U.S. Drinking Water Chlorination: A Public Health Giant Step
Chlorine, a common component of drinking water and swimming pools, destroys germs and has helped to virtually eliminate waterborne illnesses like cholera and typhoid that once killed thousands of Americans each year.
The next time you enjoy a refreshing glass of water from the tap, consider a toast to chlorine chemistry, which has been helping to keep water safe and healthy for Americans for over a century.
Exactly 103 years ago, on September 26, 1908, chlorinated water was first supplied on a permanent basis to a large U.S. municipality—Jersey City, New Jersey. The results included a dramatic decline in the local typhoid fever rate and a water supply that, according to a 1928 sanitary engineering report, “is not only of a high sanitary quality, but…it compares favorably with the best in the country.”
Chlorine destroys germs and has helped to virtually eliminate waterborne illnesses like cholera and typhoid that once killed thousands of Americans each year. Near the close of the 20th century, Life magazine declared: “The filtration of drinking water plus the use of chlorine is probably the most significant public health advancement of the millennium.”
Efforts to improve drinking water date to the time when ancient civilizations established themselves around water sources. As early as 4,000 B.C., Sanskrit and Greek writings recommended filtering water through charcoal, exposing it to sunlight, boiling and straining it to reduce visible cloudiness. Other ancient civilizations such as Chinese, Arabian, Egyptian and Indian tried other coagulants, including almonds, powdered ginger, cornmeal, crushed oyster shells and even toasted biscuits. These early attempts were based on the notion that clear water not only tasted and smelled better, but was not apt to make a person sick. What went unrecognized until the 19th century was that the cause of most waterborne illnesses was not visible and could not necessarily be removed by filtering. Louis Pasteur and other scientists in the 1800s verified “germ theory,” which explained how organisms too small to be seen with the naked eye could transmit disease through water and other media. During the very late 19th and early 20th centuries, scientists turned their attention to removing “germs” in public water supplies using disinfectants like chlorine.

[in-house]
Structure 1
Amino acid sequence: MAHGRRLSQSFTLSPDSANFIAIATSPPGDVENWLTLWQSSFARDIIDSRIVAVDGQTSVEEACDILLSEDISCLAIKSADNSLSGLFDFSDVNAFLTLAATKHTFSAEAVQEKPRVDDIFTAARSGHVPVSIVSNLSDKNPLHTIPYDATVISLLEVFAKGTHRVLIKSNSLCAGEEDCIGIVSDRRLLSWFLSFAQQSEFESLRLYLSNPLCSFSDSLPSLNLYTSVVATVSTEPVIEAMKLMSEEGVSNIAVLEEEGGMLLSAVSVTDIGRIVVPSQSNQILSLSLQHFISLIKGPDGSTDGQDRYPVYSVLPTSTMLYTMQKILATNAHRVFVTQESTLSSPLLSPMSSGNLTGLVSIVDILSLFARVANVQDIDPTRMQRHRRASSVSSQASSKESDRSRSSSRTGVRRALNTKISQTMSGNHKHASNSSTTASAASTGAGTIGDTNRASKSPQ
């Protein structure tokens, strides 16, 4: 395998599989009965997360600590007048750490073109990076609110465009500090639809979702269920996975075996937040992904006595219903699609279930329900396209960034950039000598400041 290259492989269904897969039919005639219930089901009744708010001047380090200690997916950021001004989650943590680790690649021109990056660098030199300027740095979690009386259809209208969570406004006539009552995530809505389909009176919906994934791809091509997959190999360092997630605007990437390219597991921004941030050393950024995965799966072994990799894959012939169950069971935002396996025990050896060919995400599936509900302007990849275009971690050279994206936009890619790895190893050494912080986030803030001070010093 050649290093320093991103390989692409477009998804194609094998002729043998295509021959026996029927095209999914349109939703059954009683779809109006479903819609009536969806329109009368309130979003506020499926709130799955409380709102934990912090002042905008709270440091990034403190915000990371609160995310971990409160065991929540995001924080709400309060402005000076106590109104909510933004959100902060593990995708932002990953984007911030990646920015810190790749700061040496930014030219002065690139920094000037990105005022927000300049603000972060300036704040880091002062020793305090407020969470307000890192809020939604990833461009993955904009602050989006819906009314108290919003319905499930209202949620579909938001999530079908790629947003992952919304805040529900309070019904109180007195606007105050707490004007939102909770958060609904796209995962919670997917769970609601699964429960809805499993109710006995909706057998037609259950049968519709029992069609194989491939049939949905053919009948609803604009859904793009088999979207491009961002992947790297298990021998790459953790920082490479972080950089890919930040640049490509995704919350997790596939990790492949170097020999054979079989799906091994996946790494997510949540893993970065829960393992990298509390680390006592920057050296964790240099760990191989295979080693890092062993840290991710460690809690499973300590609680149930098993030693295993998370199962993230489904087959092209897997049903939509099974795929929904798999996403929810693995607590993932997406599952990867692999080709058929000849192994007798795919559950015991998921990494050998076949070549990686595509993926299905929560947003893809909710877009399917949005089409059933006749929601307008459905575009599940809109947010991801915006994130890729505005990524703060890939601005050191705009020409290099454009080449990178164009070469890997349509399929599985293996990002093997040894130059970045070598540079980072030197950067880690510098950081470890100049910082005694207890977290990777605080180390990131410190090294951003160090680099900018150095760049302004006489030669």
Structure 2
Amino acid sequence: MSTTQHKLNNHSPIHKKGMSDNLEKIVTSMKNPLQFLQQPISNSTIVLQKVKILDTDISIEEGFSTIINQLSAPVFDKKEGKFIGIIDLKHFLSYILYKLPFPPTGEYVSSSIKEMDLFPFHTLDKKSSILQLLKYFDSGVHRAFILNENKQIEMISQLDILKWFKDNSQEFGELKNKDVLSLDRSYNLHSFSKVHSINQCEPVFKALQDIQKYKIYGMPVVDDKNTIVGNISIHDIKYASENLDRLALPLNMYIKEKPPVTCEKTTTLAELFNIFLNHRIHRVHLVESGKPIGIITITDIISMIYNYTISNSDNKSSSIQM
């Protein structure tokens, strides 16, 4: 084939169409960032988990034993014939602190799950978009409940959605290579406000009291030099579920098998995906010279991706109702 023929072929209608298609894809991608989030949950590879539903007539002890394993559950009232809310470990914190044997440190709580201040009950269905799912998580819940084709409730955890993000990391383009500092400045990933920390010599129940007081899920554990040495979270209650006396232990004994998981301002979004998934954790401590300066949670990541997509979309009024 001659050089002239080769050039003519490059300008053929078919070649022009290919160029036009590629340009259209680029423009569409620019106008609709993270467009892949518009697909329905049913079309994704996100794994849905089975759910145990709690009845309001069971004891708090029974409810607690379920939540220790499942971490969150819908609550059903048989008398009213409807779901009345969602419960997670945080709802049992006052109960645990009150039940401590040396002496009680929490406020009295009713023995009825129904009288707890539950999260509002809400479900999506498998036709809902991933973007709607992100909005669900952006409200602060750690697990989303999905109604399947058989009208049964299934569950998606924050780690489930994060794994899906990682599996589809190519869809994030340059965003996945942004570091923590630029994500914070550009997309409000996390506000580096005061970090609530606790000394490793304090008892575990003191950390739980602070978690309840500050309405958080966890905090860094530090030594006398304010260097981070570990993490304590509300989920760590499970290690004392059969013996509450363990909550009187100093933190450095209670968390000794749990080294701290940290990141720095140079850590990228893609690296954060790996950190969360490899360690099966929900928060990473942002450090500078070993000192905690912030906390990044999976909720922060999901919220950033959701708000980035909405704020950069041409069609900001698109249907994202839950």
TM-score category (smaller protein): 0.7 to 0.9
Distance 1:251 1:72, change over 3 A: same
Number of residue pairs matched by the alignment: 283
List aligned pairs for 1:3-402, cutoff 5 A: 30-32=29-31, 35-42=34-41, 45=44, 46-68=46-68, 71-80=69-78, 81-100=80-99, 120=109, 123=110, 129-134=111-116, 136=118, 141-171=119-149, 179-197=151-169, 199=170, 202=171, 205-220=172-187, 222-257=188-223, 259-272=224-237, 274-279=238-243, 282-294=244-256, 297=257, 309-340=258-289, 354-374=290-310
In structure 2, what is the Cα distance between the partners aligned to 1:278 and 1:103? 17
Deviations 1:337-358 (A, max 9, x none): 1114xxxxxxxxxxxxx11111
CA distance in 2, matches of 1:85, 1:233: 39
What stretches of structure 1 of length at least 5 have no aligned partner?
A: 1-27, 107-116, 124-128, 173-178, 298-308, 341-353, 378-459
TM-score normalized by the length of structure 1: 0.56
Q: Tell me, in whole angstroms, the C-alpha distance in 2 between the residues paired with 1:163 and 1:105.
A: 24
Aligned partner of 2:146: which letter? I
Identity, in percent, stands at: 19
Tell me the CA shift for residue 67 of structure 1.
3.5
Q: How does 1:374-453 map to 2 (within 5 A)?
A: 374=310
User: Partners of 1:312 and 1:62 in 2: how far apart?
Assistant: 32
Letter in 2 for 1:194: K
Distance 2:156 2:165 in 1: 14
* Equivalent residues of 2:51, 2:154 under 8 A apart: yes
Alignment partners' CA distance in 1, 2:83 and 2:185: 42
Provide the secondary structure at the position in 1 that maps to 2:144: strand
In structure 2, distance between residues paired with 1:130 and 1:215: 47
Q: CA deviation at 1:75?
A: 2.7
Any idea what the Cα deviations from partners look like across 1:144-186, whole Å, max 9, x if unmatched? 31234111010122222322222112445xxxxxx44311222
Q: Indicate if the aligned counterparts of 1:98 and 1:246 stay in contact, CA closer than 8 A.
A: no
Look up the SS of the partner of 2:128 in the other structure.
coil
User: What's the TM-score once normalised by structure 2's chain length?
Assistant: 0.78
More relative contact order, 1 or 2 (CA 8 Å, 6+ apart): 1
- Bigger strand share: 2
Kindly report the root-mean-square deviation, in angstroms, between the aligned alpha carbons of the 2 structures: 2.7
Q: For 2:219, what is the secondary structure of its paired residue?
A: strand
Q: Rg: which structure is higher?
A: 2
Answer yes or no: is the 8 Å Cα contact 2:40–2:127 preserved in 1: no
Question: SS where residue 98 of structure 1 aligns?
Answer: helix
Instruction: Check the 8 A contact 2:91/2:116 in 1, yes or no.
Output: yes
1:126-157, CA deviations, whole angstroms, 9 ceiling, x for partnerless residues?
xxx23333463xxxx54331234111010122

Today, nearly nine out of 10 U.S. public water systems rely on chlorine to destroy disease-causing microorganisms. But the story began 103 years ago on the west bank of the Hudson River in Jersey City when the power of chemistry over waterborne germs ignited a revolution that continues to yield public health benefits 100 years later.
Visit the official web site of the Chlorine Chemistry Division of the American Chemistry Council to read more about chlorine.
Excerpt provided by the Chlorine Chemistry Division of the American Chemistry Council.